cs61b-taa repositories (or indeed, the Internet) to use
Git's version-control features. We've been suggesting that you execute
after merges, but in fact you can delay this until you wish to
submit your assignment or until you think you might need to transfer your work
to another of your local repositories. Still, it is wise to use the
command with some regularity, since it provides an extra backup copy of your
work on your central repository.
If you work on hw3 from two different local
repositories (say from home and on the instructional machines), then (if you
git push to push your work from one local repository
to your central repository) you can bring the other local repository
up to date with any changes you made with the command
(after first committing anything you've done to this local repository).
One last thing. Periodically, you will run into merge conflicts. For more information on merge conflicts themselves and how to resolve them, please read this documentation.
E. Submitting Your Work
The staff does not immediately see changes to your local repositories.
That is, when you modify, add, or delete a file or when you execute
we do not see these changes, since your central repository under
not changed. To be seen by us (or our testing software), your commits must be pushed
as described in the preceding section.
Furthermore, we don't treat all your commits, even when pushed, as submissions until you mark them as such. To submit one of your committed versions, create (and subsequently push) an appropriately named tag. For example, when you first want to submit hw3, first commit any changes in your hw3 directory, and then do this:
git tag hw3-1
A tag is a named reference to a particular commit. After using
git tag on a commit, you can later check out that commit by
name check what you committed. For example,
git checkout hw3-1
(after examining the commit at this tag, do be sure to
git checkout master in
order to get back to your development branch. Otherwise, you will create
great confusion for yourself.)
Submission is not complete until you push the work to us:
git push # To push the hw3 branch (if not yet done) git push --tags # To push hw3-1 (and any other tags)
Subsequent submissions should be named
hw3-3, etc. We take the
highest-numbered tag as your final submission. You can submit at any time,
even when you have many intervening commits. For example, if you have submitted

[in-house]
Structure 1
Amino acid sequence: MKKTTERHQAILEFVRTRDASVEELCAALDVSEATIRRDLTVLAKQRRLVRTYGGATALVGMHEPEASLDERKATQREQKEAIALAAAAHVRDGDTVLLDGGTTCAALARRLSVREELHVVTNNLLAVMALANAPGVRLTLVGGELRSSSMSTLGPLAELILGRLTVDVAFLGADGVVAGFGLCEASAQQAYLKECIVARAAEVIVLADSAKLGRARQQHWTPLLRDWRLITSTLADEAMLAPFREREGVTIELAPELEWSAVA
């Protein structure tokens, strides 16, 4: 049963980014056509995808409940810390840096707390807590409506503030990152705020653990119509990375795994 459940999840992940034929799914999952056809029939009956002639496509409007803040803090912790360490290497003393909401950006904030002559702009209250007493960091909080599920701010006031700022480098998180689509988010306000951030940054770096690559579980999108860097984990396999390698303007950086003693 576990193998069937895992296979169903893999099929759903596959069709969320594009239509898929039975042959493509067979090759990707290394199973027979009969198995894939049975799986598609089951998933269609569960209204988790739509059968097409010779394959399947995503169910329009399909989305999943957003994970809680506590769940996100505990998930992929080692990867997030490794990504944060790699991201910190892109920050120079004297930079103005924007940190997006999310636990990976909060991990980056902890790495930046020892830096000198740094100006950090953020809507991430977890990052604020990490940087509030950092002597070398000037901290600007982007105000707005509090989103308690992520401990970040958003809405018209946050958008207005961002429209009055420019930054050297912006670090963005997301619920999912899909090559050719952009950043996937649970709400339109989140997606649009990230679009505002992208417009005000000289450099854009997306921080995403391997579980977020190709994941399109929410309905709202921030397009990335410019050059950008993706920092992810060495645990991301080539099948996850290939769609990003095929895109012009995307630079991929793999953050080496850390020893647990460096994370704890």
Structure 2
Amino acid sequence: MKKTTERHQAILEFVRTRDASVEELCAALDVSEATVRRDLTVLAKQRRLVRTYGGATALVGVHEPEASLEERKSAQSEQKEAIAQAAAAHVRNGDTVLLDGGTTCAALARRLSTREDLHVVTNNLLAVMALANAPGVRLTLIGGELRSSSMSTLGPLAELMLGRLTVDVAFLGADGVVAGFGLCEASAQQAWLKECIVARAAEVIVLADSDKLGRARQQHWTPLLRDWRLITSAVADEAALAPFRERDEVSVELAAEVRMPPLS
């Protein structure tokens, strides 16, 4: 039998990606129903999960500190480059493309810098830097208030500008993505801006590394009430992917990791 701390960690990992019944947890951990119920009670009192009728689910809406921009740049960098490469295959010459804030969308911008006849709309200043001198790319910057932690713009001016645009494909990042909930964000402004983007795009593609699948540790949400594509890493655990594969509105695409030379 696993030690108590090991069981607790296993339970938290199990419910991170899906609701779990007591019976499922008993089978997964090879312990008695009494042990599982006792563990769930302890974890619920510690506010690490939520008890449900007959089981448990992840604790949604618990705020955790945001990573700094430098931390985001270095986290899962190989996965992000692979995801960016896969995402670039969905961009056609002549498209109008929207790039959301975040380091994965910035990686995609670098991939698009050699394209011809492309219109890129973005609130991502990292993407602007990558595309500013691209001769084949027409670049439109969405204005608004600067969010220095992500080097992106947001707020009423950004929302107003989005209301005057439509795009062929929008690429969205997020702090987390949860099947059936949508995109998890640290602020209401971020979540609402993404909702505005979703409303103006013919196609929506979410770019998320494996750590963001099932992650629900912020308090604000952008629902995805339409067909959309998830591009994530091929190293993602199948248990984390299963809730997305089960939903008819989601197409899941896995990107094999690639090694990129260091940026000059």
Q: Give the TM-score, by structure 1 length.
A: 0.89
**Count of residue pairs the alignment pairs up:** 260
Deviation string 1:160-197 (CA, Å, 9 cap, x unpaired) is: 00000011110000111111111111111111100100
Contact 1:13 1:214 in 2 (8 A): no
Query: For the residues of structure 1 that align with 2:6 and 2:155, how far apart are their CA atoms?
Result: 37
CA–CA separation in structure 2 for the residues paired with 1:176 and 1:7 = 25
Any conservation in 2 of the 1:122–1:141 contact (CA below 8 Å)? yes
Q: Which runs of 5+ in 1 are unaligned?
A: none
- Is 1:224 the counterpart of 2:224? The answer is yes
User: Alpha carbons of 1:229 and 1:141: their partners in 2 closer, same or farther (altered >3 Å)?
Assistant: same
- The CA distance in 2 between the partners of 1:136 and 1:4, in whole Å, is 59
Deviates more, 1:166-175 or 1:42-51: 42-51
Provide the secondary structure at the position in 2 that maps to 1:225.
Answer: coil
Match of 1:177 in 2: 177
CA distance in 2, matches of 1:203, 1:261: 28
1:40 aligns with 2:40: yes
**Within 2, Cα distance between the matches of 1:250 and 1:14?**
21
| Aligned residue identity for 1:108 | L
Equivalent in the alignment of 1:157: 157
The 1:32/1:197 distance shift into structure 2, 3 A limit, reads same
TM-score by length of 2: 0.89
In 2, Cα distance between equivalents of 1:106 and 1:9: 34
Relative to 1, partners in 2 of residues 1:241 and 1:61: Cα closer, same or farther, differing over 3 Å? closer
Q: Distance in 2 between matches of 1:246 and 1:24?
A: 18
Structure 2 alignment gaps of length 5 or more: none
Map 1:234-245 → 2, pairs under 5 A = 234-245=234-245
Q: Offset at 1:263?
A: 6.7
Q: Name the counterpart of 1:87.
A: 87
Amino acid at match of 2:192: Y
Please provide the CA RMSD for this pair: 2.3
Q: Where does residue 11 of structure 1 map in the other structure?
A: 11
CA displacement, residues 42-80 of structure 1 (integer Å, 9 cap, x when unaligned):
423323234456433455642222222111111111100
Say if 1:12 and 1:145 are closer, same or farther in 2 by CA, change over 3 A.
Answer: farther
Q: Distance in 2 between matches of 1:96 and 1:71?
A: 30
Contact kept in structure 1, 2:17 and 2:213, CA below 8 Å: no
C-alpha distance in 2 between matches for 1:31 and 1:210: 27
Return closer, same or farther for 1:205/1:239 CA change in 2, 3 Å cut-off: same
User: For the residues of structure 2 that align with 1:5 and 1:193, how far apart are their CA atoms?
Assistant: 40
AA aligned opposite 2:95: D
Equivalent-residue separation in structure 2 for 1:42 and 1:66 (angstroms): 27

hw3-2 and decide that the last submission is bogus, and the first
one was better, you can execute
git tag hw3-3 hw3-1
hw3-3, the latest submission, as a synonym for
In fact, if the commit you want to submit was not previously tagged, you can
find its unique id using
git log and then tag that. For example,
you might see
git log commit ff39e11f5e292a0c81f3cb65c2a39c7b301a595a Author: Fred Student <email@example.com> Date: Tue Jan 27 16:32:17 2015 -0800 Experimentally refactor my solution to problem 3. commit 4f7d9e65744c8b528289746bf911cb81ded7c5e2 Author: Fred Student <firstname.lastname@example.org> Date: Wed Jan 26 15:36:28 2015 -0800 Add tests. No errors detected so far. commit 2aea9782d7000bb07277617b9f81bea485374d27 Author: Fred Student <email@example.com> Date: Wed Jan 22 15:34:55 2015 -0800 Begin work one hw3.
Now to submit the second commit back (from 1/26) as your first submission, execute
git tag hw3-1 4f7d9e
(The unique ids in Git are hexadecimal SHA-1 hashcodes of the contents of the commits. You only need to specify a sufficiently long prefix of the hashcode to uniquely identify which commit you mean.)
Again, after adding any new tags, you must use
git push --tags
to push them to the repository that the staff (and autograder) see.
Submission dates and times will be taken from the time of the commit tagged by
hw3-n, and not from the time you created the tag.
While it is possible to delete tags, it shouldn't be necessary, since the autograder will ignore tags that don't refer to known assignments and you can always supersede a tag with a higher-numbered one.
F. Quick Summary
These commands assume you have account
To initialize Git on a particular system: This is already done on the instructional machines.
git config --global user.name "Fred Student" git config --global user.email "firstname.lastname@example.org" git config --global push.default simple # Suggested
To create a local copy of your personal repository in directory
repoand connect it up our shared repository:
git clone email@example.com:students/cs61b-*** repo cd repo git remote add shared firstname.lastname@example.org:shared
To start an assignment named ASSGN (e.g.,
hw3), from our skeleton, first make sure all your local work is committed, and then use
cd repo # If not already there git fetch shared # Fetch current copy of skeleton files git merge -m "Start assignment ASSGN" shared/ASSGN git push
To see the current status of a repository, including files that have been added, removed, or modified; files that are in the working directory, but not in the current commit ("untracked"); and discrepancies between the current branch and the remote branch it is tracking (gets pushed to or pulled from):
The message will tell you how to undo changes from the last commit, should you want to.
To start tracking a file (or directory) Foo.java, so that it will be added to the repository on the next commit:
git add Foo.java
To commit modifications to all tracked files in the local repository:
git commit -a
This does nothing with untracked files.
To transmit commits on the current branch to the remote (
To fetch new commits from the
cs61b-taarepository that have been pushed from another local directory (commit current work first):
To submit assignment ASSGN, make sure everything you want is committed and then execute
git tag ASSGN-n git push git push --tags
where n is a sequence number larger than those of existing tags.
To see tags that you have created (not necessarily pushed):